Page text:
Other potential lines of inquiry could include Bertagnolli’s focus on cancer versus other diseases, how she’ll work with the year-old Advanced Research Projects Agency for Health and her priorities as director in light of the agency’s constrained budget.

WELCOME TO THURSDAY PULSE. Dutch scientists are using artificial intelligence to diagnose brain tumors while a patient is on the operating table. We’re curious how else AI could change the health care landscape. Send your tips, scoops and feedback to [email protected] and [email protected] and follow along @_BenLeonard_ and @ChelseaCirruzzo.

TODAY ON OUR PULSE CHECK PODCAST, host Lauren Gardner talks with Alice Miranda Ollstein about the impact of Ohio’s upcoming vote on abortion rights when voters will decide whether to add abortion protections into the state constitution — and why anti-abortion groups are pinning their hopes on the Buckeye State.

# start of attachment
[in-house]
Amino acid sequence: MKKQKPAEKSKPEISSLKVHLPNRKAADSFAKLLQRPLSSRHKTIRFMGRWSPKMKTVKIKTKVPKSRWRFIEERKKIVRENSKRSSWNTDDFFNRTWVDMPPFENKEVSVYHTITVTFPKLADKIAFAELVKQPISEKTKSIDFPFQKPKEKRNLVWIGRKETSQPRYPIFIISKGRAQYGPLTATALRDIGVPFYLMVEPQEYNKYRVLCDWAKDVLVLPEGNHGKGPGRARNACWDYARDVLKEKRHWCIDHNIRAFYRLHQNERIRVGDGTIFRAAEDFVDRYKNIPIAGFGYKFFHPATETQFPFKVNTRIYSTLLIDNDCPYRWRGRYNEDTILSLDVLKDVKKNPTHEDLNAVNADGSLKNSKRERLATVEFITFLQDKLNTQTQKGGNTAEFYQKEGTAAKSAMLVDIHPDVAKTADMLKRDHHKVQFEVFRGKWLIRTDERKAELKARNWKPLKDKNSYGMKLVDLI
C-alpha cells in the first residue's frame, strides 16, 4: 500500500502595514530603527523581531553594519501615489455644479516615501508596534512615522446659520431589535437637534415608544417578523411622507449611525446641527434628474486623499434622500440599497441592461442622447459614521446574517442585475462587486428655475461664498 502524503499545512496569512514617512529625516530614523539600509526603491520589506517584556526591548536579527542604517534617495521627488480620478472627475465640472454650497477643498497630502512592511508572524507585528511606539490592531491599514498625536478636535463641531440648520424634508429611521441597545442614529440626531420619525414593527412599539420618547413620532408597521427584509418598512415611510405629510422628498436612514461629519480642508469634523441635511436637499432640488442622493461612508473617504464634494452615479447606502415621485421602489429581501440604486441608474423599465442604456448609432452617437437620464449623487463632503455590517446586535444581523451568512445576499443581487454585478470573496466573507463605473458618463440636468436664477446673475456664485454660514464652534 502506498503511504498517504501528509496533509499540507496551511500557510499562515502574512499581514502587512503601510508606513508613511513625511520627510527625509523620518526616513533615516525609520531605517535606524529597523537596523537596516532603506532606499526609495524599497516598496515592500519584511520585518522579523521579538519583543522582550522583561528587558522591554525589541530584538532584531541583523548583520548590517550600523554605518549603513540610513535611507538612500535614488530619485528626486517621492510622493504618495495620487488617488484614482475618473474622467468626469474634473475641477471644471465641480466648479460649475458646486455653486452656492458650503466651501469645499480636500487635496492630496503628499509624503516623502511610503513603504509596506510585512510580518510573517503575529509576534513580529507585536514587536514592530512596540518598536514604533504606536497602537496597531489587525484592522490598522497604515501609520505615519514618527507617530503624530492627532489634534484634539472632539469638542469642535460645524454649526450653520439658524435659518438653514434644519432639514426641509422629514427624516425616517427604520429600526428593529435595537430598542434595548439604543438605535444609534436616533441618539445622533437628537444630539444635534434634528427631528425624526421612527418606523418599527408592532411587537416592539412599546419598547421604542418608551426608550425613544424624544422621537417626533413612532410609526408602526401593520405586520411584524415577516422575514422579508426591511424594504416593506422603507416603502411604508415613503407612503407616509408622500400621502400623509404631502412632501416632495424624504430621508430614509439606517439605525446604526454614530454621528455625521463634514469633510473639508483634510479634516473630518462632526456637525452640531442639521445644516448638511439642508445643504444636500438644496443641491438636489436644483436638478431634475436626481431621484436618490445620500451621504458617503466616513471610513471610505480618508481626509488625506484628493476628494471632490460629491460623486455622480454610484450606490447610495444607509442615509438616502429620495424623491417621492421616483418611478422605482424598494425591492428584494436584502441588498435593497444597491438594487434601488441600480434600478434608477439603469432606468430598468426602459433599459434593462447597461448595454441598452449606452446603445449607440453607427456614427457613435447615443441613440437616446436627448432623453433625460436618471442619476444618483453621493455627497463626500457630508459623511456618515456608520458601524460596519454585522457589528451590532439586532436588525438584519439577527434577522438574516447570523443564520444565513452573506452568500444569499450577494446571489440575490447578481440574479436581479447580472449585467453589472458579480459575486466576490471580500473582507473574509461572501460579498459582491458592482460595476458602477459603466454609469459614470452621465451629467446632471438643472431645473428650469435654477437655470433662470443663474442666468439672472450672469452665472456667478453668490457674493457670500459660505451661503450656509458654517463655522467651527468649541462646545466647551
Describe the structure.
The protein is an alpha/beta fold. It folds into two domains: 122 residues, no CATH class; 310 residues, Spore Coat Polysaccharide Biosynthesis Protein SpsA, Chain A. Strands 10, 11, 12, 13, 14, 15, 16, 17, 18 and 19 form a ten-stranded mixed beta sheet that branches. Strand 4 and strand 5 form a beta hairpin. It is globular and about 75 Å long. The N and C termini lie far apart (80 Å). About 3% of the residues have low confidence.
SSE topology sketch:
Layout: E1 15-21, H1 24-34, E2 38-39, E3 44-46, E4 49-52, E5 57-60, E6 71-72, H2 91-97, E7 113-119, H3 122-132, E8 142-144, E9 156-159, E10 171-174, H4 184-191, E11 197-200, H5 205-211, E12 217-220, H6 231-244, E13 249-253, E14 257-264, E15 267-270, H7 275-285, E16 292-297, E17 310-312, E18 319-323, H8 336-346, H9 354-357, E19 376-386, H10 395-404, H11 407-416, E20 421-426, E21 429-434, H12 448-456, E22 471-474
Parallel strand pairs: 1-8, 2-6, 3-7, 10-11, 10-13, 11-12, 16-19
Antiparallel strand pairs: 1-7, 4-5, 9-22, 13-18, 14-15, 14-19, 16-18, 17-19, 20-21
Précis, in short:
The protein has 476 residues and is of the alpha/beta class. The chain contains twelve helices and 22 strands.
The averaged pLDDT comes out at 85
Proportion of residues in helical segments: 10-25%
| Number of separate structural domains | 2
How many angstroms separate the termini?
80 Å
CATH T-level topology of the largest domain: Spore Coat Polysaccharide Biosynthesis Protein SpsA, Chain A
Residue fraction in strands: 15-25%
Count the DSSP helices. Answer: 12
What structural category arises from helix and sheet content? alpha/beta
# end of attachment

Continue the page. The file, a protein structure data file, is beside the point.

A NEW IDEA FOR DOCTORS’ PAY The GOP Doctors Caucus released a policy proposal Monday of legislation that would rethink how Medicare pays doctors, Robert and Daniel report.

The proposal would change the Physician Fee Schedule, the rule that outlines Medicare pay, by offering more leeway in how much money CMS can spend, which is currently limited by a budget neutrality requirement.

It would also update Medicare’s calculation of how much it costs to run a practice. Doctors have complained about steadily declining Medicare rates since 2015, when Congress last addressed the issue.

“Our goal is to ensure a stable reimbursement structure by making it easier for physicians to participate in a payment system that best serves them,” Rep. Michael Burgess, co-chair of the caucus, said in a statement about the draft.

The new proposal reflects a top lobbying priority for doctors groups going into the end of the year. However, its path to final passage remains unclear amid uncertainty about what will be in a year-end legislative package.

PEOPLE WITH DISABILITIES FACE BIAS — Four in 10 adults with disabilities say they experienced unfair treatment in health care settings or when applying for public benefits because of their disability in 2022, a new report says.